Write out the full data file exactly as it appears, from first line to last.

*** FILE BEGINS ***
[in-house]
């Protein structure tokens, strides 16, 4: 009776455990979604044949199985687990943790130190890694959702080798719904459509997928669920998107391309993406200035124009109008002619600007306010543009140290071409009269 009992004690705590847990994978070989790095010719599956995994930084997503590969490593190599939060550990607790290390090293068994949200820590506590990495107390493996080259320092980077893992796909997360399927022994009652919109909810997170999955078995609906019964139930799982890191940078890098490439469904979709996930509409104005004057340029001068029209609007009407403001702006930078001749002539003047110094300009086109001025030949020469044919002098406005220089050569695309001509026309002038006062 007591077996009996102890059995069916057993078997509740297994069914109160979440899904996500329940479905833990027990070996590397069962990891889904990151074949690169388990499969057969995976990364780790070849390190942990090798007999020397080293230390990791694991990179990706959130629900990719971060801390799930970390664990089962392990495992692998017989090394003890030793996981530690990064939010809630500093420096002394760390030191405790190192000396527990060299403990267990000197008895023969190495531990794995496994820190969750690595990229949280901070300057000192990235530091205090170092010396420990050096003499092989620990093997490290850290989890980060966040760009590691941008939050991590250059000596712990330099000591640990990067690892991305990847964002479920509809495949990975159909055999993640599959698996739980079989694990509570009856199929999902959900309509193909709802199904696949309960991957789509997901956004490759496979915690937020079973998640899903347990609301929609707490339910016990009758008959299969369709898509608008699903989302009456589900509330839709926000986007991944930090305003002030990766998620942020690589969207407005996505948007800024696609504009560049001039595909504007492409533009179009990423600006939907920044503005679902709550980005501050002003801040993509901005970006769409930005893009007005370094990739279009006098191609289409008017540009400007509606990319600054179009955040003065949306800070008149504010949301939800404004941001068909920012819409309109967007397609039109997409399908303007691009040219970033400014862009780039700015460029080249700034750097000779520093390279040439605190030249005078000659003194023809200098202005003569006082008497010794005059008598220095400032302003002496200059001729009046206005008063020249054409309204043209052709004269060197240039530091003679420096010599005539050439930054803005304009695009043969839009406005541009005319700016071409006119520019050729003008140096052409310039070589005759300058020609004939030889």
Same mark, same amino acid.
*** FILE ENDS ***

[in-house]
């Protein structure tokens, strides 16, 4: 009776455990979604044949199985687990943790130190890694959702080798719904459509997928669920998107391309993406200035124009109008002619600007306010543009140290071409009269 009992004690705590847990994978070989790095010719599956995994930084997503590969490593190599939060550990607790290390090293068994949200820590506590990495107390493996080259320092980077893992796909997360399927022994009652919109909810997170999955078995609906019964139930799982890191940078890098490439469904979709996930509409104005004057340029001068029209609007009407403001702006930078001749002539003047110094300009086109001025030949020469044919002098406005220089050569695309001509026309002038006062 007591077996009996102890059995069916057993078997509740297994069914109160979440899904996500329940479905833990027990070996590397069962990891889904990151074949690169388990499969057969995976990364780790070849390190942990090798007999020397080293230390990791694991990179990706959130629900990719971060801390799930970390664990089962392990495992692998017989090394003890030793996981530690990064939010809630500093420096002394760390030191405790190192000396527990060299403990267990000197008895023969190495531990794995496994820190969750690595990229949280901070300057000192990235530091205090170092010396420990050096003499092989620990093997490290850290989890980060966040760009590691941008939050991590250059000596712990330099000591640990990067690892991305990847964002479920509809495949990975159909055999993640599959698996739980079989694990509570009856199929999902959900309509193909709802199904696949309960991957789509997901956004490759496979915690937020079973998640899903347990609301929609707490339910016990009758008959299969369709898509608008699903989302009456589900509330839709926000986007991944930090305003002030990766998620942020690589969207407005996505948007800024696609504009560049001039595909504007492409533009179009990423600006939907920044503005679902709550980005501050002003801040993509901005970006769409930005893009007005370094990739279009006098191609289409008017540009400007509606990319600054179009955040003065949306800070008149504010949301939800404004941001068909920012819409309109967007397609039109997409399908303007691009040219970033400014862009780039700015460029080249700034750097000779520093390279040439605190030249005078000659003194023809200098202005003569006082008497010794005059008598220095400032302003002496200059001729009046206005008063020249054409309204043209052709004269060197240039530091003679420096010599005539050439930054803005304009695009043969839009406005541009005319700016071409006119520019050729003008140096052409310039070589005759300058020609004939030889």
Same mark, same amino acid.